If you take a step back, and think about it, you'll realize that the world we live in is actually encouraging us to consume more in order to reduce our impact. Buy green. Try this. Throw this out. Never use that. Replace it now. Nope, that was wrong, now do this.
Too many products and services are now being marketed as "green", and while this may seem like it's positive, it's really not. Many products may not in fact really even be green, they may just been marketed that way, or, they may just be completely unnecessary (classified as "greenwashing").
Somehow, many toxic cleaning chemicals on shelves actually have an 'eco' or 'green' certification. Do you even know what the standards of that certification are? It might be parallel to potato chips claiming "reduced fat" on the bag; sure, that might be better, but it's still not healthy and it's certainly not as low fat or healthy as an organic apple, or nothing at all!
Maybe you find it all stressful, maybe you find it overwhelming, but just take a deep breath (of clean indoor air because I'm sure you've already rid your home of all toxic chemicals, right?) and don't write off living green. It is absolutely worth buying into the green movement. Any one change you make, or new service you try, is simply another beginning, not an ending point. And, when you like it and you feel that you've made a positive change, tell a few friends and all of a sudden, you will be making a big difference.
Whether you consider yourself green, not green at all, hippie, tree hugger, lifetime suv-driver, all-natural or anything else, all you need to do is ignore the front-of-label claims and the media-making picks for you and use your common sense to make your purchasing decisions.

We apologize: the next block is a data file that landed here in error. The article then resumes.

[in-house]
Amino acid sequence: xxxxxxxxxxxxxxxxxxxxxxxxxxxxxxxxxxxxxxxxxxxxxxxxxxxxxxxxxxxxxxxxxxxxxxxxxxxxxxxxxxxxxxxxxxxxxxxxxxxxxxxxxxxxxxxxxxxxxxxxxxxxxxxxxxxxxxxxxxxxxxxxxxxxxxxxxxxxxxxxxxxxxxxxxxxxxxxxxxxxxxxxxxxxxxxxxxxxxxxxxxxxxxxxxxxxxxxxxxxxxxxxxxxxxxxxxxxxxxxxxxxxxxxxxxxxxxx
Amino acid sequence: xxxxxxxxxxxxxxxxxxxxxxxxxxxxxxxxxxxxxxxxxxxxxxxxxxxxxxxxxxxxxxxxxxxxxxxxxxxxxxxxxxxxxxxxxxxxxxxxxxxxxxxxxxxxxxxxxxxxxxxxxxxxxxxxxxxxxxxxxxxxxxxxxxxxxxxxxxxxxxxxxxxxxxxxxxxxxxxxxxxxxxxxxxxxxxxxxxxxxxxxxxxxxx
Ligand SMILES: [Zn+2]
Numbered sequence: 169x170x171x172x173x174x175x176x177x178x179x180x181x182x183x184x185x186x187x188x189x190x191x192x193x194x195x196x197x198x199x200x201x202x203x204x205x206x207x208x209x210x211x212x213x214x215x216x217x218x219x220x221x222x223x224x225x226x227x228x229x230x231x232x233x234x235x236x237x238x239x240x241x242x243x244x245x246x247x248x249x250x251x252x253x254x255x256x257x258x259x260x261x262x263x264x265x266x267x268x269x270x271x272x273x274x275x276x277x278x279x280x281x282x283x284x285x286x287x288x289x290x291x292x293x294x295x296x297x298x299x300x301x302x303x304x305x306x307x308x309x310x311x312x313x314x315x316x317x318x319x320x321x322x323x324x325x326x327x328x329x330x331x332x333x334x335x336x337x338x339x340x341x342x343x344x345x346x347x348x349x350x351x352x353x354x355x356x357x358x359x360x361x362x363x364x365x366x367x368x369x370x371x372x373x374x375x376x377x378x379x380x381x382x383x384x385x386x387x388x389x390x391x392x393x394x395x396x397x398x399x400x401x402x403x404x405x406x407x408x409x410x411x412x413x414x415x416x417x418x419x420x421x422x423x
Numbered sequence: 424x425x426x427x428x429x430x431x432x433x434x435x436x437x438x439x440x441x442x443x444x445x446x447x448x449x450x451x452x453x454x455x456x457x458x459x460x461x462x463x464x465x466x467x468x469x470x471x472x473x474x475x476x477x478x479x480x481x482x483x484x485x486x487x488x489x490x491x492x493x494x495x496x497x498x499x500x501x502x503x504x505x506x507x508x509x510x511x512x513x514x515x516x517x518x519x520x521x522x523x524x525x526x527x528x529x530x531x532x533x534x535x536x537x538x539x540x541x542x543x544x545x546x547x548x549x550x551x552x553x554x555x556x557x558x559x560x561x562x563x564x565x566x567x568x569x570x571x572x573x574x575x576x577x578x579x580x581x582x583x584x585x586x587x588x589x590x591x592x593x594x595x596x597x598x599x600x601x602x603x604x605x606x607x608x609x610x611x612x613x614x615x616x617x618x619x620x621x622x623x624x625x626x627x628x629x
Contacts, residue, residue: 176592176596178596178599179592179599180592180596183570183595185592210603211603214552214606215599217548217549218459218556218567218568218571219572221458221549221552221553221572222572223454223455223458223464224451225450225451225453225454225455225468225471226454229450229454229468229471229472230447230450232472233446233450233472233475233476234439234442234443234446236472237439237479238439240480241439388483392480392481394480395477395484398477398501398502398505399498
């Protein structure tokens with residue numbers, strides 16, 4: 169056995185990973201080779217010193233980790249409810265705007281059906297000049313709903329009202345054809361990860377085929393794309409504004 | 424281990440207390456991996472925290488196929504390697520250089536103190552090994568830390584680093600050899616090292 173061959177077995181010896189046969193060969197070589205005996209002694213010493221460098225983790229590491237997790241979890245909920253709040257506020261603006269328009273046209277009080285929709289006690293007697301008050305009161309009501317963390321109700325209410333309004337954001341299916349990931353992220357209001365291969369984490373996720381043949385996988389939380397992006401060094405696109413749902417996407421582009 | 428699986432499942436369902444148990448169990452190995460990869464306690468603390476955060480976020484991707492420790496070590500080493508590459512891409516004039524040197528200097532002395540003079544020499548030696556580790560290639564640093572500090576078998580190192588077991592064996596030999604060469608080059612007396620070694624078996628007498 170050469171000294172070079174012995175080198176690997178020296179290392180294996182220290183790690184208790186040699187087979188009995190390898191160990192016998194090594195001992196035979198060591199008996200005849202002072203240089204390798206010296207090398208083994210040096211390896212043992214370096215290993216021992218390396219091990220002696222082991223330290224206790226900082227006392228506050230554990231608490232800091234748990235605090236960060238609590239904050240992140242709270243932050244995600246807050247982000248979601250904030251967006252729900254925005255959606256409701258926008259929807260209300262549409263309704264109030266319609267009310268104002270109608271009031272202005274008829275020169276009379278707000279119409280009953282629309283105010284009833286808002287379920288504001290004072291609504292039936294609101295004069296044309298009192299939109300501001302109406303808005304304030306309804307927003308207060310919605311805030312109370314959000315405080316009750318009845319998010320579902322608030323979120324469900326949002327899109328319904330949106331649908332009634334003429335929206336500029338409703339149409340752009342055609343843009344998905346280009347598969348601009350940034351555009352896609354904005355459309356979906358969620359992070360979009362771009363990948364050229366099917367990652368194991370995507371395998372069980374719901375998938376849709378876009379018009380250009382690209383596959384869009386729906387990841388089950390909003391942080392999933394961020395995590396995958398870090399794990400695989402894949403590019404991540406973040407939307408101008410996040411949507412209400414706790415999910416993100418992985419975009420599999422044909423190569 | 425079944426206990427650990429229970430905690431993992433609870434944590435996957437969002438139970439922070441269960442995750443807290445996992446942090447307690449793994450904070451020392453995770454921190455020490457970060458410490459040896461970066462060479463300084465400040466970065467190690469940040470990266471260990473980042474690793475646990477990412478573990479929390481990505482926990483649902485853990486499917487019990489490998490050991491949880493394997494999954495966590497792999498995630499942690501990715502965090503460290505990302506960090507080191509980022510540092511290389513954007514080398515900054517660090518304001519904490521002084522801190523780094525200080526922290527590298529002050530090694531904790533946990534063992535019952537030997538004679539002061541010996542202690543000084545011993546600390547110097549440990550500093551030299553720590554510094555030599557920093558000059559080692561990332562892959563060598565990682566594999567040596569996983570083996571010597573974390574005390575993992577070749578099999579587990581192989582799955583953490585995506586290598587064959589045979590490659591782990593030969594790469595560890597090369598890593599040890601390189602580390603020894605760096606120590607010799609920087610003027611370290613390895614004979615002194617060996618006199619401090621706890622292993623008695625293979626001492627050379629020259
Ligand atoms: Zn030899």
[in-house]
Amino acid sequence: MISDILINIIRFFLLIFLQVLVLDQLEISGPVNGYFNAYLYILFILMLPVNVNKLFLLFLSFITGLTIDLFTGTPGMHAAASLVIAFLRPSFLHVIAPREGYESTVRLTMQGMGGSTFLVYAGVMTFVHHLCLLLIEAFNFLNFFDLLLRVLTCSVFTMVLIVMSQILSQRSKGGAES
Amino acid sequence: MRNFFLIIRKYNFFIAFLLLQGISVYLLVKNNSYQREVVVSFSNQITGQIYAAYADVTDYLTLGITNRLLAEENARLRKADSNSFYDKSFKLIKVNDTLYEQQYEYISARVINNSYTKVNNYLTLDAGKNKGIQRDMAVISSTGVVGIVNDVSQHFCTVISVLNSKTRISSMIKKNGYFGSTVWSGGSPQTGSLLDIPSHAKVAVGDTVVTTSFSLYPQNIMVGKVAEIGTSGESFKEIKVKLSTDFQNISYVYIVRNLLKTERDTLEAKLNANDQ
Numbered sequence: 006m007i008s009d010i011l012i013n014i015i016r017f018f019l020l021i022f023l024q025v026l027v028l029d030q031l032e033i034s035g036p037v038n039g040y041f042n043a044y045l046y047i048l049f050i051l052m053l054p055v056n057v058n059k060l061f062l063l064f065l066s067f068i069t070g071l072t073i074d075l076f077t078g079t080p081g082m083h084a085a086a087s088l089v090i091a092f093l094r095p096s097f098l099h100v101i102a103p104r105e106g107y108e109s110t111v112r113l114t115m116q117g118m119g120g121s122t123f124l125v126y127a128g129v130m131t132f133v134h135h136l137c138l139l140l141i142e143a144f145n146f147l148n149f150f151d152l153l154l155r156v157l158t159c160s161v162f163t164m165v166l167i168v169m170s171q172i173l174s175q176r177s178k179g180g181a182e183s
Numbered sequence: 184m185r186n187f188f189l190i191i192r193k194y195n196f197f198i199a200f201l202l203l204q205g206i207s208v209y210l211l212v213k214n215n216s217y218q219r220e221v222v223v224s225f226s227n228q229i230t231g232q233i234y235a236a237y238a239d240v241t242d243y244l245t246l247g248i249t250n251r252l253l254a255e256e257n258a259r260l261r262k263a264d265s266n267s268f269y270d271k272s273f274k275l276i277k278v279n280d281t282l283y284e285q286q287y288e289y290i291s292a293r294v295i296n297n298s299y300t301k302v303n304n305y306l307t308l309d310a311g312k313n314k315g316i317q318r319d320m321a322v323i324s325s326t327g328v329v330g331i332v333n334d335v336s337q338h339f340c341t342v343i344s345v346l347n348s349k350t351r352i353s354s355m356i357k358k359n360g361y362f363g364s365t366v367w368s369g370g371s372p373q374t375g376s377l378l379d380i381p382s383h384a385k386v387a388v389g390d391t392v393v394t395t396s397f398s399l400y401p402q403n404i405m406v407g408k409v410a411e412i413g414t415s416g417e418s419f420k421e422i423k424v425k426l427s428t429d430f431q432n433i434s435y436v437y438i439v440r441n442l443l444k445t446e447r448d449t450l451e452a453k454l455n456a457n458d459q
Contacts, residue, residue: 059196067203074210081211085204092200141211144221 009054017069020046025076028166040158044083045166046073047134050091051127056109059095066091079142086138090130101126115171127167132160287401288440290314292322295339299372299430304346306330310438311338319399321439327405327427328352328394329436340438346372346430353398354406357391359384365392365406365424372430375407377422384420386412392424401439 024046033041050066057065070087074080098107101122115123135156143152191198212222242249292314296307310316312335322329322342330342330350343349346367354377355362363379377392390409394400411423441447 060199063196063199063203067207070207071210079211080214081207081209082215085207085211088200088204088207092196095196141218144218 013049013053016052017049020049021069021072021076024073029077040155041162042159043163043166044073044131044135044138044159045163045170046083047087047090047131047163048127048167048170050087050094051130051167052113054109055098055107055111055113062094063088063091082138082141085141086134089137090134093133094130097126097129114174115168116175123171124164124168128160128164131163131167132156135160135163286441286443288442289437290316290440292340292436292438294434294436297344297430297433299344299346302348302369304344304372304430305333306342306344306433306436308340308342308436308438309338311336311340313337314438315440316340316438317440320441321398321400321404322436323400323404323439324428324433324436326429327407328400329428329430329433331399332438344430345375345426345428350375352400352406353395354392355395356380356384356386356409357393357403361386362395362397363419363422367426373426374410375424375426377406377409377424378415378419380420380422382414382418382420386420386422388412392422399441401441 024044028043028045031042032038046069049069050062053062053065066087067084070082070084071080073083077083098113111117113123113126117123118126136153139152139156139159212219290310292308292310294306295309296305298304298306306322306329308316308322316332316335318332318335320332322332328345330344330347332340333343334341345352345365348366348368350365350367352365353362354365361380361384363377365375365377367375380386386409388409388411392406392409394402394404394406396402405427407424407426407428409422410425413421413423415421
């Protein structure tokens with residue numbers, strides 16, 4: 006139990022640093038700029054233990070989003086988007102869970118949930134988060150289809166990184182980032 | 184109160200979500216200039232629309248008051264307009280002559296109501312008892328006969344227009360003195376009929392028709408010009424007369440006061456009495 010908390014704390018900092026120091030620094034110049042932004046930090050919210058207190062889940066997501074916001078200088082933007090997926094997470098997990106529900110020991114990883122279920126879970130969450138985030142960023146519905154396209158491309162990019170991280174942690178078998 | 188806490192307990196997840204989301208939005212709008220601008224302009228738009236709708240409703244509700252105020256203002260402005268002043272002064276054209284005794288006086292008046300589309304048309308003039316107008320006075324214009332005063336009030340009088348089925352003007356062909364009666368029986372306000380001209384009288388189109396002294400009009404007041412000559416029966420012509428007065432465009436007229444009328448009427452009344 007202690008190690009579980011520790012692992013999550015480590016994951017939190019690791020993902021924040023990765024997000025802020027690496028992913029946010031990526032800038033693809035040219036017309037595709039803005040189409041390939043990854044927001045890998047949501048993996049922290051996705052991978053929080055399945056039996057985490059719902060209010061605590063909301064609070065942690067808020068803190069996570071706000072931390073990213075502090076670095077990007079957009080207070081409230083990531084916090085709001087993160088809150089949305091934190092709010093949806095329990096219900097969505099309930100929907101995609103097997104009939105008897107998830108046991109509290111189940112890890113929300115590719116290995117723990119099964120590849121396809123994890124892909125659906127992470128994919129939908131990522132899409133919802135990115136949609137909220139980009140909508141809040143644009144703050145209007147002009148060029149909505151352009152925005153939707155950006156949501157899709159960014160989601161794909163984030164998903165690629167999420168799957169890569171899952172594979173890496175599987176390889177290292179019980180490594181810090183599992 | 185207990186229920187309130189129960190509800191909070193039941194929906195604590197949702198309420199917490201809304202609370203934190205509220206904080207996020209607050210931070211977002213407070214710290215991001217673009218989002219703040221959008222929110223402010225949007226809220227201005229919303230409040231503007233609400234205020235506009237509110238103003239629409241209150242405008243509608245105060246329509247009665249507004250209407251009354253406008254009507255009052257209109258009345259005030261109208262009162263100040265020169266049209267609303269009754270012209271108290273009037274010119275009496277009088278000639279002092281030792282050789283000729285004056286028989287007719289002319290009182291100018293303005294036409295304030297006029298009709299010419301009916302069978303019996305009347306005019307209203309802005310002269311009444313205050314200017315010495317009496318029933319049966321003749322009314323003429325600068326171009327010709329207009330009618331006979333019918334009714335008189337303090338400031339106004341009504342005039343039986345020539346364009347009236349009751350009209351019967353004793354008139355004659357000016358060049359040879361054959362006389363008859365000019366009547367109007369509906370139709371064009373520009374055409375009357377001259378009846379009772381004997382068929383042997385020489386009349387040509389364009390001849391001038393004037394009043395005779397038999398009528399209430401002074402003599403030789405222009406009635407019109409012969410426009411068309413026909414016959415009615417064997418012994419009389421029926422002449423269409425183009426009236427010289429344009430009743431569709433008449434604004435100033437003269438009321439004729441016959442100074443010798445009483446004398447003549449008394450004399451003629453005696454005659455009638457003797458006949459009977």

Start by supporting as many businesses (and people!) that are local to you, pleasant, making efforts to be green, and providing quality products and services that aren't going to make us sick, or contribute to an unhealthy planet.
Try to consider the following when shopping:
Instead of depending on large corporations or experts to tell us that we need, rely on yourself - you are your own best expert (possibly hypocritical as I'm telling you what to do?). Just a reminder: We control the way we shop, and what we shop for and using our common sense will help us make more responsible purchases that will in turn save us time, save us money, save our health, and positively impact our shared world. How is that for good sense?
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